The Met Needs for Pediatric Surgical Conditions in Sierra Leone: Estimating the Gap

World Journal of Surgery, Sep 2017

Background In low- and middle-income countries, there is a gap between the need for surgery and its equitable provision, and a lack of proxy indicators to estimate this gap. Sierra Leone is a West African country with close to three million children. It is unknown to what extent the surgical needs of these children are met. Aim To describe a nationwide provision of pediatric surgical procedures and to assess pediatric hernia repair as a proxy indicator for the shortage of surgical care in the pediatric population in Sierra Leone. Methods We analyzed results from a nationwide facility survey in Sierra Leone that collected data on surgical procedures from operation and anesthesia logbooks in all facilities performing surgery. We included data on all patients under the age of 16 years undergoing surgery. Primary outcomes were rate and volume of surgical procedures. We calculated the expected number of inguinal hernia in children and estimated the unmet need for hernia repair. Results In 2012, a total of 2381 pediatric surgical procedures were performed in Sierra Leone. The rate of pediatric surgical procedures was 84 per 100,000 children 0–15 years of age. The most common pediatric surgical procedure was hernia repair (18%), corresponding to a rate of 16 per 100,000 children 0–15 years of age. The estimated unmet need for inguinal hernia repair was 88%. Conclusions The rate of pediatric surgery in Sierra Leone was very low, and inguinal hernia was the single most common procedure noted among children in Sierra Leone.

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The Met Needs for Pediatric Surgical Conditions in Sierra Leone: Estimating the Gap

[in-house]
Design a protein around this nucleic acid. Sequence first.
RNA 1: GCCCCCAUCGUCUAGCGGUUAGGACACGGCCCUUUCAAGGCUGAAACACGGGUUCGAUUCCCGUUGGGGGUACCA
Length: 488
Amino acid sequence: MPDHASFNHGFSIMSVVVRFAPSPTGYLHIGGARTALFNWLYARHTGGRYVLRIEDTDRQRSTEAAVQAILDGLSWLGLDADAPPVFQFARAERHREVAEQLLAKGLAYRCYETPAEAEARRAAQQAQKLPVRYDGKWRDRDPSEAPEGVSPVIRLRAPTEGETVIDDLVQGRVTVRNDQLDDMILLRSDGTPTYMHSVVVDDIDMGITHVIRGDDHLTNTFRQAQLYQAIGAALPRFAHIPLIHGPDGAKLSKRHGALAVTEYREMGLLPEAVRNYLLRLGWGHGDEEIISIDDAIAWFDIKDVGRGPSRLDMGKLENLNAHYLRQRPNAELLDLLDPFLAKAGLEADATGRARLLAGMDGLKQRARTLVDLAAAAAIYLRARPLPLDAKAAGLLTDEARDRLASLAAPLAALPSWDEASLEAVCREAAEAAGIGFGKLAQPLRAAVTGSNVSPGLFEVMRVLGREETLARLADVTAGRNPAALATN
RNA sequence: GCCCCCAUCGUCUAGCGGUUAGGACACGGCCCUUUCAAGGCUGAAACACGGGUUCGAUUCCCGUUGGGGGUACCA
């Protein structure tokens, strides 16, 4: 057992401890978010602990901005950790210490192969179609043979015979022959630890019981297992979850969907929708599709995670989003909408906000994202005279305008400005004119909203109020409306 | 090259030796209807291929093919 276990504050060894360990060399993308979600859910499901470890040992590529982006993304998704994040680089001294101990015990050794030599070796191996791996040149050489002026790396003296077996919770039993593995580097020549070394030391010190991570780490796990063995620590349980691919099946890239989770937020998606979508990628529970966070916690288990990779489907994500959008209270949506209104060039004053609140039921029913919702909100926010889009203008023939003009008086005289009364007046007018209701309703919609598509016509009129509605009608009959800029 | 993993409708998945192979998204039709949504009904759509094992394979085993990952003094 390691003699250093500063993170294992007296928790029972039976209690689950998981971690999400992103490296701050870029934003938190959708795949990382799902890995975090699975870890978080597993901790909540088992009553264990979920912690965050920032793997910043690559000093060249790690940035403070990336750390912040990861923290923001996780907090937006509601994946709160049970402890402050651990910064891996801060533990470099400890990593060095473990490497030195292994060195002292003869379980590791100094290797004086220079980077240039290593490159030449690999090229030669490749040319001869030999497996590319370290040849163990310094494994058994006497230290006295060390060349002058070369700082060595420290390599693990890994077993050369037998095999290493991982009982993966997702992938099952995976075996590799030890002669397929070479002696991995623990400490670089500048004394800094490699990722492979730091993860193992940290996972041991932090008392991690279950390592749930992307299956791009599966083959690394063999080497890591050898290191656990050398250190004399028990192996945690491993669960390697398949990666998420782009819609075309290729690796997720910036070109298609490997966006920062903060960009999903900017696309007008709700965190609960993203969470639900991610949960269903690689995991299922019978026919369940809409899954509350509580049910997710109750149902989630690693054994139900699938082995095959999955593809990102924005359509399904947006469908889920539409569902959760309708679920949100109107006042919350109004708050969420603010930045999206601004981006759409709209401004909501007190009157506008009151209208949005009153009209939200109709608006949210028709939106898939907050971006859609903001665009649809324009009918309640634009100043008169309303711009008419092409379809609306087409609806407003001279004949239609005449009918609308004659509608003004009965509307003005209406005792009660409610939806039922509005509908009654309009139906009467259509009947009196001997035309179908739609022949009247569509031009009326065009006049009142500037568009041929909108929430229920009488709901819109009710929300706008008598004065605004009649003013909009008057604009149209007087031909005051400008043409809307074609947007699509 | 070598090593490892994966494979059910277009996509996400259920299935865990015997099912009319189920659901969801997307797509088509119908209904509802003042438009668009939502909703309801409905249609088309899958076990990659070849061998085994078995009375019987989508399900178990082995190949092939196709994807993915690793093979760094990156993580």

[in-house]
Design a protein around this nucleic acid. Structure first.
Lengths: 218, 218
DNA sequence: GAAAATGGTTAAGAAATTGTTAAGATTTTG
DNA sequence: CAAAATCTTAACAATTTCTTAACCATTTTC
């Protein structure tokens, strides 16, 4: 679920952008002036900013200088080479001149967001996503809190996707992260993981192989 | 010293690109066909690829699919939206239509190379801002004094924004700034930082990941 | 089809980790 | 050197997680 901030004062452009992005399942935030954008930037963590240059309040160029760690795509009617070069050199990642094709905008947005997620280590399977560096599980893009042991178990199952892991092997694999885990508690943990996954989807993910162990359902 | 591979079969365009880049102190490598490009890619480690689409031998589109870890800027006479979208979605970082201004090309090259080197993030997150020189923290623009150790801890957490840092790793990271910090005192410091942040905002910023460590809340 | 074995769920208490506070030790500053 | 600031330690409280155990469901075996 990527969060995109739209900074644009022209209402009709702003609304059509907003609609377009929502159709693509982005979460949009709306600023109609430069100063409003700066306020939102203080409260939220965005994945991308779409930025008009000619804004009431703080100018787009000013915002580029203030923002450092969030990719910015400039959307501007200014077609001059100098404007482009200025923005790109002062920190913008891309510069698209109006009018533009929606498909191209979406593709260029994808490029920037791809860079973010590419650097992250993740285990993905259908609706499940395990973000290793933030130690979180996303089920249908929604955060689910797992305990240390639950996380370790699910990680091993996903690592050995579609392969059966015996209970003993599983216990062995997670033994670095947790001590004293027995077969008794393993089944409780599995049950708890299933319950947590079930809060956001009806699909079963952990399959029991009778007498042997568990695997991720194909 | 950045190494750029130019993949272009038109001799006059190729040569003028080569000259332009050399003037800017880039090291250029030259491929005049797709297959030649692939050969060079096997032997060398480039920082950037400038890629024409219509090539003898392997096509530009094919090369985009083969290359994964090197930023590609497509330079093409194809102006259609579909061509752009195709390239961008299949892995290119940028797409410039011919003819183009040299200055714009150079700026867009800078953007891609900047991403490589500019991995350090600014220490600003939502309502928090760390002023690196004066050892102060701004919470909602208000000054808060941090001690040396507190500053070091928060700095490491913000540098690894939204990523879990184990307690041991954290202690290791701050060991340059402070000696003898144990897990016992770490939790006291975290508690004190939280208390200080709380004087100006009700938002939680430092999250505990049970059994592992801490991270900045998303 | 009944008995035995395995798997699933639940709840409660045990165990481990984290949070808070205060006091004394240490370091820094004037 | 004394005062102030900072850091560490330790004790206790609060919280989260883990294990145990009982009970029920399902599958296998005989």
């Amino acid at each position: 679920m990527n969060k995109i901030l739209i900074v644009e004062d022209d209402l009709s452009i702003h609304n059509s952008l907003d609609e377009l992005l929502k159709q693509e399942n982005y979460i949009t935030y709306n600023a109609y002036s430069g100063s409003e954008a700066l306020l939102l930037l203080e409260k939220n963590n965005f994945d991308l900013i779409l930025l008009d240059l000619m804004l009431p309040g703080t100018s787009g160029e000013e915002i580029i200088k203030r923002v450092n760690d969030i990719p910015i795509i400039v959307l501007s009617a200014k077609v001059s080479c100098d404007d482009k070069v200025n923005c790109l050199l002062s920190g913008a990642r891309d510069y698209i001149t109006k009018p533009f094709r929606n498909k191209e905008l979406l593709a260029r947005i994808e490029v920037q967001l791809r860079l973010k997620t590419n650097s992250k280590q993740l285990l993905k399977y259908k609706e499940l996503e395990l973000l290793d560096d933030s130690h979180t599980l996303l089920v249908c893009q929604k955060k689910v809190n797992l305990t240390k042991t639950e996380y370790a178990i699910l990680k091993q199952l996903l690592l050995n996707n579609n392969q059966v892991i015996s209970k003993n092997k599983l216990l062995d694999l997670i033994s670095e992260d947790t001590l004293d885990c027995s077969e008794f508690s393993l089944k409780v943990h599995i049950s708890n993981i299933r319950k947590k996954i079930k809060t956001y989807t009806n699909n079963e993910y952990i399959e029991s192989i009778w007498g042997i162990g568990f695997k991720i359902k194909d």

The Met Needs for Pediatric Surgical Conditions in Sierra Leone: Estimating the Gap Carmen Mesas Burgos 0 1 2 3 4 5 Ha˚kon Angell Bolkan 0 1 2 3 4 5 Donald Bash-Taqi 0 1 2 3 4 5 Lars Hagander 0 1 2 3 4 5 Johan Von Screeb 0 1 2 3 4 5 0 Department of Cancer Research and Molecular Medicine, Norwegian University of Science and Technology , Trondheim , Norway 1 Women's and Children's Health, Karolinska Institute , Stockholm , Sweden 2 & Carmen Mesas Burgos 3 Global Health-Health System and Policy Department of Public Health Sciences, Centre for Research on Health Care in Disasters , Stockholm , Sweden 4 Surgery and Public Health, Pediatric Surgery, Department of Clinical Sciences in Lund, Ska ̊ne University Hospital, Lund University , Lund , Sweden 5 Ministry of Health and Sanitation , Freetown , Sierra Leone Background In low- and middle-income countries, there is a gap between the need for surgery and its equitable provision, and a lack of proxy indicators to estimate this gap. Sierra Leone is a West African country with close to three million children. It is unknown to what extent the surgical needs of these children are met. Aim To describe a nationwide provision of pediatric surgical procedures and to assess pediatric hernia repair as a proxy indicator for the shortage of surgical care in the pediatric population in Sierra Leone. Methods We analyzed results from a nationwide facility survey in Sierra Leone that collected data on surgical procedures from operation and anesthesia logbooks in all facilities performing surgery. We included data on all patients under the age of 16 years undergoing surgery. Primary outcomes were rate and volume of surgical procedures. We calculated the expected number of inguinal hernia in children and estimated the unmet need for hernia repair. Results In 2012, a total of 2381 pediatric surgical procedures were performed in Sierra Leone. The rate of pediatric surgical procedures was 84 per 100,000 children 0-15 years of age. The most common pediatric surgical procedure was hernia repair (18%), corresponding to a rate of 16 per 100,000 children 0-15 years of age. The estimated unmet need for inguinal hernia repair was 88%. Conclusions The rate of pediatric surgery in Sierra Leone was very low, and inguinal hernia was the single most common procedure noted among children in Sierra Leone. Introduction The global burden of surgical conditions Five billion people do not have access to safe and affordable surgical care when needed [ 1, 2 ]. The gap between the need for surgery and its equitable and safe provision is considerable. Although 75% of the world’s population lives in low- and middle-income countries (LMICs) [3], only 6% of all surgical procedures worldwide are estimated to be performed on the poorest 37% of the world’s population [ 2 ]. The Lancet Commission for Global Surgery emphasized the importance of surgery to achieve sustainable development and quantified a global minimum rate of 5000 annual surgical procedures per 100,000 population [ 4 ]. Currently, an additional 143 million surgical procedures are needed each year [ 2 ], and surgery could avert 1.5 million annual deaths [ 2 ], 6–7% of all avoidable deaths in low- and middle-income countries [ 5 ]. Global pediatric surgery Within the newly emerging field of global surgery, global pediatric surgery has recently gained more attention [ 6–8 ]. Studies indicate that congenital malformations account for 6% of all infant deaths, with 96% of the fatalities occurring in low- and middle-income countries [ 9 ], but overall, there is a lack of studies quantifying the burden surgical diseases and needs of surgical care in the pediatric population. Even if the majority of the deaths under 5 years of age are due to infectious diseases [ 9, 10 ], increased access to safe surgical care could save the lives of a significant number of children worldwide [11]. While the needs for pediatric surgery in low- and middle-income countries have not been documented in detail, studies have indicated that they are largely unmet [ 12–18 ]. The reasons for this are complex: a combination of factors such as variations in coverage, financial capacity, lack of trained staff and awareness in the population, in addition to limited political commitment [ 6, 7, 16, 17, 19–22 ]. Studies on the volumes of pediatric surgical procedures performed at individual facilities in low- and middle-income countries have highlighted the gap between the need for surgery and the equitable provision of safe surgical care in these settings [ 19, 20, 23–26 ]. In the adult population, proxy indicators such as hernia repair or cesarean section have been used to estimate equitable provision of surgical care [ 27 ], but similar proxy indicators in the pediatric population are lacking. Sierra Leone The Republic of Sierra Leone is a West African low-income country with an estimated population of 5.9 million in 2012 [ 28 ], 42% being under the age of 15 years [ 29 ]. In 2012, the under-five mortality was among the highest in the world at 142 per 1000 live births [ 30 ]. There are welldocumented shortages in infrastructure and supplies required to deliver safe surgical care in the country, with significantly less resources at governmental hospitals compared to private and mission hospitals [ 31 ]. The shortages in workforce have previously been documented: Including gynecologists, orthopedic surgeons, ophthalmologists and ENT specialists, there are only 58 (0.9/ 100,000 inhabitants) specialist surgical providers in the country [ 32, 33 ], which is 50 times less than recommended [2]. When trying to estimate the needs of surgical care, a household survey on self-reported surgical conditions concluded that lack of access to safe and affordable surgical care contributes to a significant excess mortality [ 15, 34 ]. Studies based on single institutions [21] or governmental hospitals [ 18 ] have highlighted deficiencies in the pediatric surgical capacity in the country. However, there is no comprehensive, quantified data on the met and unmet need of surgery in the pediatric population in Sierra Leone. We hypothesized that provision of safe pediatric surgical care is insufficient, that surgical needs among Sierra Leonean children are largely unmet, and that hernia repair can be used to roughly estimate equitable provision of surgical care in children. The aim of this study was to define and describe the nationwide provision of pediatric surgery in Sierra Leone, how much is performed, where and by whom. Further, we aimed to assess pediatric hernia repair as a proxy indicator for the provision of surgery in the pediatric population in Sierra Leone and to estimate the unmet need for hernia repair. Materials and methods Study design and setting This nationwide retrospective facility-based survey of all surgeries performed in Sierra Leone in 2012 was a joint collaboration between the Sierra Leonean Ministry of Health and Sanitation (MOHS), the Non-Governmental Organization (NGO) CapaCare, the Norwegian University of Science and Technology (NTNU) and Karolinska Institute. Inclusion criteria All facilities performing one or more of the 21 surgical procedures listed by the World Health Organization were included (‘‘Appendix’’) [ 35 ]. Data collection Data were collected between January and May 2013, from all facilities in the country where surgical procedures were performed. Data were collected from operating theater, anesthesia and delivery logbooks using methods that have previously been described [ 36 ]. From this data set, we obtained data on all surgical procedures for the pediatric population, defined as under the age of 16 years. We extracted data on: surgical provider and type of surgical procedures, geographical location, type and owner of institutions performing surgery, as well as patient characteristics. Primary and secondary outcomes Primary outcomes were rate and volume of surgical procedures performed in children in 2012 in Sierra Leone, and independent variables were age, type of facility, workforce and district. Results were compared to previously reported results for the adult population [ 36 ]. Further, we calculated the expected number of inguinal hernia in children as a proxy indicator for the need of surgical care and estimated the unmet need of surgery among children between 0 and 15 years of age. Data analysis Rate and volume of pediatric surgical procedures in Sierra Leone Surgical rate was defined as number of surgical procedures per 100,000 population 0–15 years. The 2012 projections from the most recent census were used to calculate agespecific rates of surgery [ 28 ]. Surgical volume was defined as the number of surgical procedures performed annually and was reported as frequencies. Type of surgical procedure and age distribution For all surgical procedures, gender and age (0–28 days, 29 days–11 months, 1–4 years, 5–15 years) were recorded, together with characteristics of the surgical procedures, such as type, urgency and date. To uniformly record the surgeries, 34 pre-defined categories of the most commonly performed procedures were created within each specialty (general surgery, orthopedic surgery, ophthalmic surgery, obstetrics and gynecology) (Tables 1, 2). Type of facility, workforce and geographical variations Providers were categorized as governmental if owned by government, or private for-profit or nonprofit facilities. Facilities were defined as hospitals if they offered 24-h emergency inpatient care; others were defined as clinics. Hospitals were further divided into referral hospitals, when providing highly differentiated clinical services, or district hospitals. The workforce performing the surgical procedure was categorized according to the specialization level (specialist trained surgeon or obstetrician, medical doctor, nurse, or associate clinician) and nationality (Sierra Leonean, non-Sierra Leonean workforce). Data were aggregated by administrative districts for analyses. Pediatric inguinal hernia as a proxy indicator for the need of surgery and estimation of the unmet needs Hernia repair in adults has been used as a proxy indicator to estimate the unmet surgical needs in the setting of LMIC [ 27 ]. In the absence of a validated indicator for the pediatric population, we used pediatric inguinal hernia as a tracer for the burden of pediatric surgical conditions. Pediatric inguinal hernia is a common surgical condition in children, with stable incidence at 10–20/1000 live births [ 37, 38 ], and a prevalence of 3–5% in term infants [39]. Ninety percent of the cases are boys; one-third will appear during the first 6 months of life [ 39, 40 ]. The consensus in the pediatric surgical community is to recommend a surgical correction at the time of diagnosis [37], to avoid complications, since the risk of incarcerated inguinal hernias is estimated to be 16%, with potentially devastating consequences. Surgical need was defined as the estimated hernia disease burden. Based on a hernia incidence rate of 10–20/ 1000 live births and the number of children born in 2012 [ 41 ], we calculated the annual incidence of inguinal hernia in Sierra Leone in 2012 and the prevalence based on the population from 0 to 15 years of age. Met need for hernia repair was defined as the number of surgical procedures for pediatric hernia repair performed [ 42 ]. Unmet need for hernia repair was defined as the expected cases of hernia in the population less than 16 years that have not been corrected with surgery [ 42 ]. The unmet need was calculated by subtracting the actual number of surgical procedures for hernia repair performed in the pediatric population from the expected cases of inguinal hernia (incidence rate multiplied by number of children born in 2012 [ 41 ]), divided by the expected number of cases. Statistical analysis Frequencies were reported for categorical variables. Continuous variables were reported as mean, median, range and rates (surgical procedures per 100,000 population). SPSS version 23 and PRISM 6 (Graphpad Software Inc.) were used for descriptive statistics, analyses and figures. Chi-square test was used to explore differences between groups, and significant level was set at p \ 0.05. Ethical considerations Two ethical committees, Sierra Leone Ethics and Scientific Review Committee and the Regional Committees for Medical and Health Research Ethics in Central Norway (2012/2187) granted ethical clearance for this study prior to the data collection. A total of 2381 surgical procedures were recorded in children 0–15 years in Sierra Leone during 2012, corresponding to not more than 10% of all surgical procedures performed in the country that year. The rate of pediatric surgical procedures in Sierra Leone was 84 per 100,000 inhabitants 0–15 years of age (Table 1). The rate of surgery was higher in boys than in girls in all age-groups (Fig. 1) (p \ 0.001). The rates of hernia repair ranged between 10 and 25/100,000, with higher rates at younger ages. Forty-one percent (976) were registered as emergency surgeries, 15% (357) were registered as elective surgeries, and the remaining 44% (1048) were unknown. General surgical procedures represented 65% (1547) of the annual provision of surgical care, followed by orthopedic surgery (23%/557), obstetrics and gynecology (5%/109), and ophthalmic surgery (3%/71). Information was not available in 4% (88) of the cases (Table 2). The most common surgical procedure performed in children was hernia repair (18%/ 434), followed by laparotomy, appendectomy and open fracture management. Almost 40% of the surgical procedures were not specified; 25% of (591) those were general surgery procedures (Table 2, Fig. 2). In 58 facilities with available surgical records out of 60, 40 performed pediatric surgery, of which 16 (40%) were governmental facilities, 19 (47%) private nonprofit and 5 (13%) private for-profit facilities. Almost one-third (31%) of the pediatric surgical procedures were performed in governmental facilities, and two-thirds (67%) were performed in private nonprofit facilities (Fig. 3a, Table 3). A total of 59% (1412) of the pediatric procedures were performed in referral, tertiary hospitals, and 39% (924) in district hospitals; the remaining 2% (45) were performed in clinics (Fig. 3b, Table 3). Significantly more children received surgical care at private nonprofit (p = 0.03) and referral hospitals (p \ 0.0001) compared to the adult population. Specialist surgeons performed 59% (1400) of the surgical procedures in children; of those, 42% (1002) were performed by a foreign surgical provider. The proportion of pediatric surgery performed by specialist and foreign surgical providers was higher in the youngest age-groups (Fig. 3c, Table 4). The proportion of non-Sierra Leonean workforce (p = 0.02) and specialist surgeons (p = 0.04) performing surgeries was significantly higher in the pediatric population compared to the adult population. The rates of pediatric surgical procedures varied significantly between districts, ranging from 1 up to 290 procedures/100,000 inhabitants age 0–15 years (median Fig. 2 Surgical volumes of most common pediatric surgical procedures performed in Sierra Leone in 2012, by age categories 23/100,000 inhabitants aged 0–15 years). Two districts (Bonthe and Moyamba), accounting for 2.5 and 4%, respectively of the pediatric population, did not perform any pediatric surgery in 2012. More than half of the pediatric procedures were performed in the Western Area, a district where only 18% of the population under 16 years lives (Fig. 4a, b, Table 5). The number of facilities performing pediatric surgery varied also among the districts, ranging from 0 to 17 facilities (Fig. 4a, b, Table 5). In the Western Area, there were a total of 17 facilities performing surgery for children (44% of all facilities), accounting for 65% of the facilities performing pediatric surgery in the country. Most of the surgical procedures performed in the Western Area were performed in two tertiary hospitals, one governmental and one nonprofit hospital, accounting for 18 and 36%, respectively, of all surgical procedures performed in children in the country. In the remaining facilities, the volumes of pediatric surgical procedures ranged between 0.1 and 9% (Fig. 4a, Table 5). The expected new cases of inguinal hernia during 2012 (incidence 10–20/1000 births) based on the number of births (228,000) [ 41 ], were estimated to be between 2280 and 4558, average 3419 cases. Only 434 pediatric inguinal hernia repairs were performed during 2012 (Table 6). The countrywide unmet pediatric surgical needs for inguinal hernia repair were calculated to be in the range of 88% in the pediatric population. In 2010, the Sierra Leonean government launched a plan for free health care for children under 5 years of age, which had a tremendous impact on increasing access to surgical care by 500% in a tertiary hospital in the capital area [ 21 ]. This healthcare initiative has most likely affected the results of our study, at least in the capital area, but less so in rural areas. As hypothesized, there is insufficient provision of safe pediatric surgical care in Sierra Leone, with rates of 84 surgical procedures/100,000 population 0–15 years. The most common surgical procedure among children in Sierra Leone is hernia repair, but at rates that cannot meet the increasing backlog of accumulated unrepaired hernias, despite the fact that pediatric inguinal hernia has been identified as one of the cost-effective 44 essential surgical procedures [ 43 ]. Moreover, more than half of the boys had their hernia repair done after 5 years of age. This delay in surgical repair will probably have led to a higher number of avertable incarcerations and complications [ 44 ]. The limited access to safe pediatric anesthesia, together with the higher risk of anesthesia at younger ages is likely an important contributor to this observed delay. There is an unequal distribution in the rates of pediatric surgeries and number of facilities among districts, with more than half of the procedures performed at only two referral hospitals in the Western Area. Compared to adults [ 36 ], children are more commonly operated in referral hospitals and by specialist surgeons, likely because surgery at younger ages carries greater risks and is technically more challenging. One-third of all the pediatric procedures were performed in a single private nonprofit hospital and 40% by non-Sierra Leonean provider. This highlights the lack of domestic capacity for pediatric surgery. Our estimate indicates that only one out of ten children in Sierra Leone gets the essential surgery he or she needs, consistent with previous reports [ 2 ]. Our results are compounded by the increasing 0–28 days n/(%) 29 days–11 months n/(%) 1–4 years n/(%) 5–15 years n/(%) Total 0–15 years n/(%) backlog of untreated surgical disease that accumulates each year. However, the true unmet need for pediatric surgery, including more complex surgery, is probably considerably higher. It may be reasonable to centralize pediatric surgery to hospitals with competencies to provide safe pediatric anesthesia. On the other hand, a centralized service will exclude rural population and acute conditions, since the main barrier to access surgical care in Sierra Leone is financial [ 45 ], where indirect cost such as travel is a major contributor [ 2 ]. Long distance to facilities providing surgical services has been reported to affect negatively the access to pediatric surgical treatments [ 46 ]. Delayed health-seeking behavior at a patient level [ 47, 48 ], limitations in infrastructure as a second level of delay [48] and workforce shortages [ 48, 49 ], all could contribute to the limited number of surgical procedures performed among Sierra Leonean children. Moreover, some of the direct and indirect effects of the Ebola outbreak in 2014 on health workers have resulted in an aggravated shortage in the workforce and fatalities among students enrolled, a profound decline in hospital admissions and surgical procedures performed since have all contributed [50]. Despite the fact that surgical procedures are cost-effective [ 51 ], only 10% of adults [ 36 ] and children get the surgery they need. Procedures performed at first-level hospitals have been found to be the most cost-effective [ 51 ], and surgical repair of pediatric inguinal hernia has been shown to be highly cost-effective [ 52 ]. The Lancet Commission on Global Surgery recently stratified common surgical procedures that must be done, should be done and can be done in first-level hospitals [ 53 ]. Some of these procedures for the pediatric population include laparotomies, fracture treatment, cesarean section, hernia and cleft lip repair. There are several limitations with this study. Limitations related to data collection and completeness of number of surgeries in the country have been discussed in a previous work [ 36 ], and include the retrospective nature of the study 173 (24%) 294 (40.8%) 167 (23.2%) 25 (3.5%) 18 (2.5%) 25 (3.5%) 19 (2.6%) 721 (30.3%) and data collection from different registries, as well as facility categorization, possible inconsistencies or variations in recording routines, the assumption when calculating district or facilities rates that patients get the surgery done in the district where they live. Another limitation of the study is the standardized way the data were collected, in order to make possible comparisons and conclusions over a lifespan, but with a large proportion of unspecified ‘‘other’’ procedures. Furthermore, we cannot accurately know the number of hernias that were incarcerated or the number of complications. Only 19 out of 434 surgical hernia repairs were registered as emergency cases, which may indicate incarceration. Incarcerated inguinal hernias with devastating consequences such as bowel necrosis could have also been registered as general surgery other or laparotomies. Our estimation of unmet pediatric surgical needs also has limitations. Currently, there is no well-established method to define the need for pediatric surgery. Some household surveys have defined surgical needs based on patient’s own judgment, with the potential of overestimations [ 34 ]. The Lancet Commission for Global Surgery estimated the global need of surgery based on the known prevalence of conditions that are primarily treated with surgery [ 4 ]. Others have used surgical tracers such as groin hernia and ratio of cesarean section [ 27 ]. Even though inguinal hernia seems to be a reliable tracer to estimate the surgical needs in the pediatric population, this calculation also has its limitations, since it assumes that the incidence of inguinal hernia is similar among populations. We calculated the expected incidence of new cases of inguinal hernia in 2012 based on the number of births in 2012 and tried to estimate the cumulative incidence, but our study design does not allow calculation of the real prevalence of inguinal hernia in the pediatric population. Our analysis is limited to the provision of surgical procedures in 2012 and does not take into account possible targeted surgical interventions in the country in the previous years. Even if the estimation of the unmet pediatric surgical needs based Fig. 4 Map with the proportion of pediatric population (0–15 years) living in each district (a) and with the location of the facilities providing surgery in Sierra Leone 2012 and rate of pediatric surgery per 100,000 by district (b) on the incidence of inguinal hernia has its limitations, currently there are few other alternatives. Despite potential underestimation, our results suggest that only 10% of the children in Sierra Leone get the surgery they need. This lack of pediatric surgical care needs to be urgently addressed. The coverage of 44 defined essential surgical procedures [ 51 ] could avert deaths attributable to surgically treatable conditions in the country, making increased access to safe surgery an urgent need. Globally, surgically treatable conditions account for 10% of all deaths annually (5 millions) [ 9, 54 ], but 1.5 million could be prevented [ 43, 51 ] with essential surgical procedures [ 51 ]. Surgical care could be provided in an increased number of facilities around the country by training and delegating certain responsibilities to less specialized workers, such as the provision of general anesthesia to 5 7 0 a –1 .01 .02 .73 .9 .1 .75 .4 .52 .94 .57 .06 .73 .45 ,00 M5 7 1 2 1 1 1 2 6 1 9 3 2 6 0 0 1 / 3 2 re lae y5 ,864 ,365 ,160 ,339 ,188 ,519 ,832 ,188 ,018 ,006 ,528 ,160 ,728 to d m 1 5 5 6 1 0 3 2 0 4 4 1 6 7 p en e – 9 7 6 5 9 5 4 8 4 6 9 6 7 u g F 5 1 1 5 ts c e i l r b ts a i T D , t c i r s t r is a d e y d m n 6 0 6 6 0 2 8 0 4 7 2 6 9 o eag lea 51y ,488 ,163 ,956 ,631 ,377 ,411 ,412 ,347 ,464 ,853 ,072 ,956 ,168 ,frs a – 8 7 6 5 8 5 4 8 4 6 7 6 7 t M5 1 ic r t s i d 1 5 6 5 8 1 0 9 2 3 0 6 7 g 5 9 2 5 5 3 6 5 6 4 5 2 1 n ,3 ,4 ,1 ,9 ,5 ,9 ,2 ,5 ,4 ,8 ,5 ,1 ,9 o 4 1 2 4 7 4 4 4 0 9 8 2 3 m 8 5 3 0 7 0 8 6 9 2 6 3 5 a 1 1 1 1 1 1 1 1 3 1 1 anesthesia nurses (task sharing), or the shifting of tasks from surgeons to non-specialists or from doctors to nondoctors (task shifting) [ 55, 56 ]. A task-shifting program started in Sierra Leone in 2011, where community health officers with 3 years of basic medical education and 2 years of clinical experience received 3 years of essential surgical training, to manage common surgical conditions. Specific training in pediatric inguinal hernia and injuries, which are identified as a part of the cost-effective 44 essential surgical procedures, [43] should be implemented in the existing task-shifting program in the country. Estimating the unmet surgical need can guide policy makers in resource-scarce settings such as Sierra Leone. Surgical conditions likely cause a significant burden of disease in the pediatric population, and pediatric surgery should not remain a neglected public health service in the country. Conclusions • Ten percent of all surgical procedures performed in Sierra Leone in 2012 were performed in children, corresponding to a total of 2381 surgical procedures. • The rate of pediatric surgical procedures was 84 per 100,000. • In 2012, inguinal hernia was the most common surgical procedure performed in children in Sierra Leone. • Most of the pediatric surgical procedures were performed in the capital area, in private non-for-profit tertiary hospitals and by consultant surgeons and nonSierra Leonean workforce. • There seems to be a considerable unmet need (almost 90%) for hernia repair as a proxy indicator for the needs of pediatric surgical care in Sierra Leone. Open Access This article is distributed under the terms of the Creative Commons Attribution 4.0 International License (http://crea tivecommons.org/licenses/by/4.0/), which permits unrestricted use, distribution, and reproduction in any medium, provided you give appropriate credit to the original author(s) and the source, provide a link to the Creative Commons license, and indicate if changes were made. Both 0–15 years Appendix 2. Drainage of dental abscess 3. Treatment for caries 4. Normal delivery List of 44 essential surgical procedures. Adopted from DCP 3, volume 1: essential surgery1 4. Dilation and curettage 5. Tubal ligation 6. Vasectomy 7. Hysterectomy for uterine rupture or intractable postpartum hemorrhage 8. Visual inspection with acetic acid and cryotherapy for precancerous cervical lesions 10. Appendectomy 11. Bowel obstruction 12. Colostomy 13. Gallbladder disease (including emergency surgery for acute cholecystitis) 14. Hernia (including incarceration) 15. Hydrocelectomy 16. Relief of urinary obstruction: catheterization or suprapubic cystostomy (tube into bladder through skin) 18. Tube thoracostomy (chest drain) 19. Trauma laparotomy 20. Fracture reduction 21. Irrigation and debridement of open fractures 22. Placement of external fixator, use of traction 23. Escharotomy/fasciotomy (cutting of constricting tissue to relieve pressure from swelling) 24. Trauma-related amputations 25. Skin grafting 26. Burr hole Tertiary hospital 1. Repair obstetric fistula General surgery 6. Male circumcision 17. Resuscitation with advanced life support measures, including surgical airway 8. Suturing laceration 9. Management of non displaced fracture continued 27. Drainage of septic arthritis 28. Debridement of osteomyelitis 1 Alkire B VJ, Meara J. Chapter 21. Benefit-Cost Analysis for Selected Surgical Interventions in Low and Middle Income Countries. In: Debas HT, Donkor P, Gawande A, Jamison DT, Kruk ME, Mock CN, eds. 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Carmen Mesas Burgos, Håkon Angell Bolkan, Donald Bash-Taqi, Lars Hagander, Johan Von Screeb. The Met Needs for Pediatric Surgical Conditions in Sierra Leone: Estimating the Gap, World Journal of Surgery, 2017, 1-14, DOI: 10.1007/s00268-017-4244-8